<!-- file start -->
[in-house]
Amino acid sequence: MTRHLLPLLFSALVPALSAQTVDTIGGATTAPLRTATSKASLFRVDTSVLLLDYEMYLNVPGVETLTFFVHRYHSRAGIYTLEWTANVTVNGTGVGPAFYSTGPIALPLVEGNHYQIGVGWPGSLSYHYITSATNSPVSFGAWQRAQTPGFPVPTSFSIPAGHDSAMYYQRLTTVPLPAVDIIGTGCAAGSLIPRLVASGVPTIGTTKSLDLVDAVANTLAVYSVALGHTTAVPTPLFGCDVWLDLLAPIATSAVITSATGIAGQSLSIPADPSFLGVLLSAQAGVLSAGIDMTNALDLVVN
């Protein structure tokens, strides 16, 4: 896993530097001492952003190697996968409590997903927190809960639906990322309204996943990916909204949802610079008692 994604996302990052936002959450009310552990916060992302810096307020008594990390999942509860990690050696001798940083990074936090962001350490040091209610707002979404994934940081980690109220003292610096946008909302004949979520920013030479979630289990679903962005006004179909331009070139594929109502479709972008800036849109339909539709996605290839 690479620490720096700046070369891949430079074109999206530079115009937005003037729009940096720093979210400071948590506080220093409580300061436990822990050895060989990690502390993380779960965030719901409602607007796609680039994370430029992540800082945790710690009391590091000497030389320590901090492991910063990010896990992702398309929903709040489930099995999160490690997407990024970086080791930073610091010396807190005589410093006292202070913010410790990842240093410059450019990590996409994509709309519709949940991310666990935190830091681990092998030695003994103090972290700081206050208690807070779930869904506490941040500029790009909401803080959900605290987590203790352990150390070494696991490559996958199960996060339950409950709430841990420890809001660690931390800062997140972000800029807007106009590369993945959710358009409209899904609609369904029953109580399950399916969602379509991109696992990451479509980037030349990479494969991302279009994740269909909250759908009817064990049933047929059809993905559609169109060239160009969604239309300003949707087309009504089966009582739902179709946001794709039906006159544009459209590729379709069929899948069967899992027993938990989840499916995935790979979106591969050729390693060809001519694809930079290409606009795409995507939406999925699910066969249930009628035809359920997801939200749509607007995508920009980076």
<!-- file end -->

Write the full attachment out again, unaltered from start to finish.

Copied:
[in-house]
Amino acid sequence: MTRHLLPLLFSALVPALSAQTVDTIGGATTAPLRTATSKASLFRVDTSVLLLDYEMYLNVPGVETLTFFVHRYHSRAGIYTLEWTANVTVNGTGVGPAFYSTGPIALPLVEGNHYQIGVGWPGSLSYHYITSATNSPVSFGAWQRAQTPGFPVPTSFSIPAGHDSAMYYQRLTTVPLPAVDIIGTGCAAGSLIPRLVASGVPTIGTTKSLDLVDAVANTLAVYSVALGHTTAVPTPLFGCDVWLDLLAPIATSAVITSATGIAGQSLSIPADPSFLGVLLSAQAGVLSAGIDMTNALDLVVN
């Protein structure tokens, strides 16, 4: 896993530097001492952003190697996968409590997903927190809960639906990322309204996943990916909204949802610079008692 994604996302990052936002959450009310552990916060992302810096307020008594990390999942509860990690050696001798940083990074936090962001350490040091209610707002979404994934940081980690109220003292610096946008909302004949979520920013030479979630289990679903962005006004179909331009070139594929109502479709972008800036849109339909539709996605290839 690479620490720096700046070369891949430079074109999206530079115009937005003037729009940096720093979210400071948590506080220093409580300061436990822990050895060989990690502390993380779960965030719901409602607007796609680039994370430029992540800082945790710690009391590091000497030389320590901090492991910063990010896990992702398309929903709040489930099995999160490690997407990024970086080791930073610091010396807190005589410093006292202070913010410790990842240093410059450019990590996409994509709309519709949940991310666990935190830091681990092998030695003994103090972290700081206050208690807070779930869904506490941040500029790009909401803080959900605290987590203790352990150390070494696991490559996958199960996060339950409950709430841990420890809001660690931390800062997140972000800029807007106009590369993945959710358009409209899904609609369904029953109580399950399916969602379509991109696992990451479509980037030349990479494969991302279009994740269909909250759908009817064990049933047929059809993905559609169109060239160009969604239309300003949707087309009504089966009582739902179709946001794709039906006159544009459209590729379709069929899948069967899992027993938990989840499916995935790979979106591969050729390693060809001519694809930079290409606009795409995507939406999925699910066969249930009628035809359920997801939200749509607007995508920009980076």